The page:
As a homage to Sean Connery who passed at the age of 90 just last week the next Alfred Hitchcock movie I decided to watch was Marnie, a film starring him and Tippi Hedren in a romantic mystery that, despite not having the high-octane action of North by Northwest or the nail-biting suspense as Rope, manages to keep you on your toes in a different way.
Sean Connery plays the role of the dashing (and rather gentlemanly, all things considered) businessman Mark Rutland who unexpectedly falls in love with a kleptomaniac (Tippi Hedren’s Marnie.) She tries to steal from his company, he finds her, and instead of turning her over to the police, he marries her and tries to help her due to her mentally challenged behavior.
What takes place is a two hour long film that asks the question and leaves you asking the question, “What is wrong with her?” She’s frightened by the color red, she hates thunder and lightning, and despite sharing a couple of onscreen kisses with Connery’s Rutland and getting married the thought of performing any, you know, marital acts leaves her screaming and deathly afraid.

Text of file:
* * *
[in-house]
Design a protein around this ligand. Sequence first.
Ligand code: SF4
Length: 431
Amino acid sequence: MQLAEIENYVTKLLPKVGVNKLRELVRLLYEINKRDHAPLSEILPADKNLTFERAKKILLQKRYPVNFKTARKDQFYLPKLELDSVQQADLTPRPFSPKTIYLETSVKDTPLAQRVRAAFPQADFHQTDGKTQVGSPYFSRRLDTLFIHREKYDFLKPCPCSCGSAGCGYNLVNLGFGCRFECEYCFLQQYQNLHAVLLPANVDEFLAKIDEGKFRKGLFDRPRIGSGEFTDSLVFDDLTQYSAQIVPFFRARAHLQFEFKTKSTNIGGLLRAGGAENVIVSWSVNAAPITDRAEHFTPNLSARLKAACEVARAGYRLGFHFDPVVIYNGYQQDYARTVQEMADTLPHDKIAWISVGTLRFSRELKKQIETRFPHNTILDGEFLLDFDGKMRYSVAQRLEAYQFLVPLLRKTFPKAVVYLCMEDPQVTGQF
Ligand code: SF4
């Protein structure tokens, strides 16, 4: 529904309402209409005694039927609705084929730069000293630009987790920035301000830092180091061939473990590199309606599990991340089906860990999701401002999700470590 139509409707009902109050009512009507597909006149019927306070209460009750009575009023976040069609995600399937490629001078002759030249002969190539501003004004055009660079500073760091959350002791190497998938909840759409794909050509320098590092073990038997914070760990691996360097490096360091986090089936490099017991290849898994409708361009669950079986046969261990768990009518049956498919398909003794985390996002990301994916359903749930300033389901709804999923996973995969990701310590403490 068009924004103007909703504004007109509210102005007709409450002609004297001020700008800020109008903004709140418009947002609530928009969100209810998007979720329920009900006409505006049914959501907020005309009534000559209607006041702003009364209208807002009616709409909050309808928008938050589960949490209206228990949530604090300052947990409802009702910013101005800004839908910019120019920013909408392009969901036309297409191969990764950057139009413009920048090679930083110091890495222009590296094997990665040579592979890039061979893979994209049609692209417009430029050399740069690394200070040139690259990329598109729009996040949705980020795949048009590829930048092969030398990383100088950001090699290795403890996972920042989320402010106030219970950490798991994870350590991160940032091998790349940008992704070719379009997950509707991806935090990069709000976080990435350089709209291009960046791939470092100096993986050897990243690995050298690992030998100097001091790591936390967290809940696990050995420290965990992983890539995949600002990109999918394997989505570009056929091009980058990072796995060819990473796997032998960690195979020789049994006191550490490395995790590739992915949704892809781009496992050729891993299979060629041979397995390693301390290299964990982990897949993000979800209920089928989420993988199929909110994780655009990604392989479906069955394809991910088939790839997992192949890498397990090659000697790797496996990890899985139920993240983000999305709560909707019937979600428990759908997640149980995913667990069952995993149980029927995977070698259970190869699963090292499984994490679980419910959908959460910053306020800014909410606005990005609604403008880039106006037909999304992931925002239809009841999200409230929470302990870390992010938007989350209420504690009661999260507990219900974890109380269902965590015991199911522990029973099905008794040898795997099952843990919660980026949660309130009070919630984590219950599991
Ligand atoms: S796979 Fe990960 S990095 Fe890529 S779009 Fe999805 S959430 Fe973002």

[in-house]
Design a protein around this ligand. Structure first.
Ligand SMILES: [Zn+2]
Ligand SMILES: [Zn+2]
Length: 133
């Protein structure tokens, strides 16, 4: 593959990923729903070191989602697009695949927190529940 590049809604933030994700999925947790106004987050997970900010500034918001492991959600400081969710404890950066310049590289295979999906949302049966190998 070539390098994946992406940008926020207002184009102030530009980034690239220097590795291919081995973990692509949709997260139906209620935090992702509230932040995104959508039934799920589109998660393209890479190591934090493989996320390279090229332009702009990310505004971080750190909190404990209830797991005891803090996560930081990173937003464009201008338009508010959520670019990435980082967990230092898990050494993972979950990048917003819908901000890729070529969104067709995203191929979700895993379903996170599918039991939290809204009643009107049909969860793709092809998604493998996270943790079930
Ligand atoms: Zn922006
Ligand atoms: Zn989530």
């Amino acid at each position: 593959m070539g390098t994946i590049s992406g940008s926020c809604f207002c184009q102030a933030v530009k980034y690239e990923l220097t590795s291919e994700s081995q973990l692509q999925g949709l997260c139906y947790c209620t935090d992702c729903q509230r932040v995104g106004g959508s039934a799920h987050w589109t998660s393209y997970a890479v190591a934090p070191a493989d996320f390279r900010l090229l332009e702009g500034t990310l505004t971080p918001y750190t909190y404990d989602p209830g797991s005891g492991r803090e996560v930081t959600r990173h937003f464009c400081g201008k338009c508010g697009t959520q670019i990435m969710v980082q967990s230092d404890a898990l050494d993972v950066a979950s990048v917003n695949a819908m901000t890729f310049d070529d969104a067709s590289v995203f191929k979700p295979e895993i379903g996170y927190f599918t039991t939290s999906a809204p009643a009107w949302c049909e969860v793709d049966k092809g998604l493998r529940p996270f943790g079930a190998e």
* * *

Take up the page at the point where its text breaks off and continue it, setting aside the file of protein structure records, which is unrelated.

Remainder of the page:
It’s all very strange and as the tension builds so does the suspense until the film reached its resounding conclusion which actually brought me to tears, can you believe that? I didn’t think I’d find myself actually getting emotional over Hitchcock’s movies but this one…this one got me.
Unlike To Catch a Thief which was ultra-boring, this movie was so well-made. It was like reading a book that I couldn’t put down. It was just…marvelous. The music, the directing, I mean, everything about it was pretty much perfection.
I read some old reviews for the film on Wikipedia which had critics wishing Hollywood legends like Cary Grant and Grace Kelly could’ve played the role of Rutland and Marnie instead of the relative unknowns Sean Connery and Tippi Hedren. Kelly did want to play the role of Marnie but, being the Princess of Monaco at the time, the people of Monaco weren’t too keen to see her in a movie kissing up on another man. And it only made matters worse that she was a sexually challenged thief.
So, the role went to Hedren who deemed it “a once-in-a-lifetime opportunity.” Kelly would’ve been great as Marnie but oh well…
All in all, this was another fine addition to my mental movie library featuring Alfred Hitchcock. Up next…maybe Frenzy. Or The Man Who Knew Too Much featuring James Stewart. I’ll probably watch that instead.
I’ll give Marnie 4.5 out of 5 stars and 95 out of 100. It wasn’t perfect but it sure was entertaining.
I thank you for reading and I hope you have a beautiful day.